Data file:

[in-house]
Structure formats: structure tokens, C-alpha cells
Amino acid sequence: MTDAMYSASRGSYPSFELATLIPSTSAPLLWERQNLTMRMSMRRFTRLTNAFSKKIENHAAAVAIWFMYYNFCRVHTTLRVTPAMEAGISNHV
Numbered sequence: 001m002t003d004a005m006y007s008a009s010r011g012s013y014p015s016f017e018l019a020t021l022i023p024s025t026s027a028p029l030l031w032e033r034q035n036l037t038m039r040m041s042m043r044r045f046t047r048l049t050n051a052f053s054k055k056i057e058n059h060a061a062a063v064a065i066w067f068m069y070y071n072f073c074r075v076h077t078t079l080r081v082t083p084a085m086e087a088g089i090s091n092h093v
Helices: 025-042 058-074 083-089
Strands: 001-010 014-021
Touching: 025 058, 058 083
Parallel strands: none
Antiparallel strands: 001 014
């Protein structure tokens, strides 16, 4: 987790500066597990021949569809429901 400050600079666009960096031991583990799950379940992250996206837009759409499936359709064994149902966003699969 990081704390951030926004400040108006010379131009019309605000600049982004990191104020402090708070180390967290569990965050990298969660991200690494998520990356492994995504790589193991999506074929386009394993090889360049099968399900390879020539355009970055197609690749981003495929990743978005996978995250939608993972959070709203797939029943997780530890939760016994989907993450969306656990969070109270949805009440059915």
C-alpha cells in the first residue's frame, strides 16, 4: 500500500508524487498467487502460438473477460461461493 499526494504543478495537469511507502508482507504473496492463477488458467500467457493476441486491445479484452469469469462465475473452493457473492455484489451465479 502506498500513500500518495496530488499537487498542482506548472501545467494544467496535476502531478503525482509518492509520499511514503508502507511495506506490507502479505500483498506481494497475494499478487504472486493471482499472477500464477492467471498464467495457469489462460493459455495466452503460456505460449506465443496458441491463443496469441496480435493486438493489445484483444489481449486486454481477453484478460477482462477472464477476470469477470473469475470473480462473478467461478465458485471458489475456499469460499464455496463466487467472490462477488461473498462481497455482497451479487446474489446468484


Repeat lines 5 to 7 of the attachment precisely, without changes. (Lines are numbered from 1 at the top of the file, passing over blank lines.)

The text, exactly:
Helices: 025-042 058-074 083-089
Strands: 001-010 014-021
Touching: 025 058, 058 083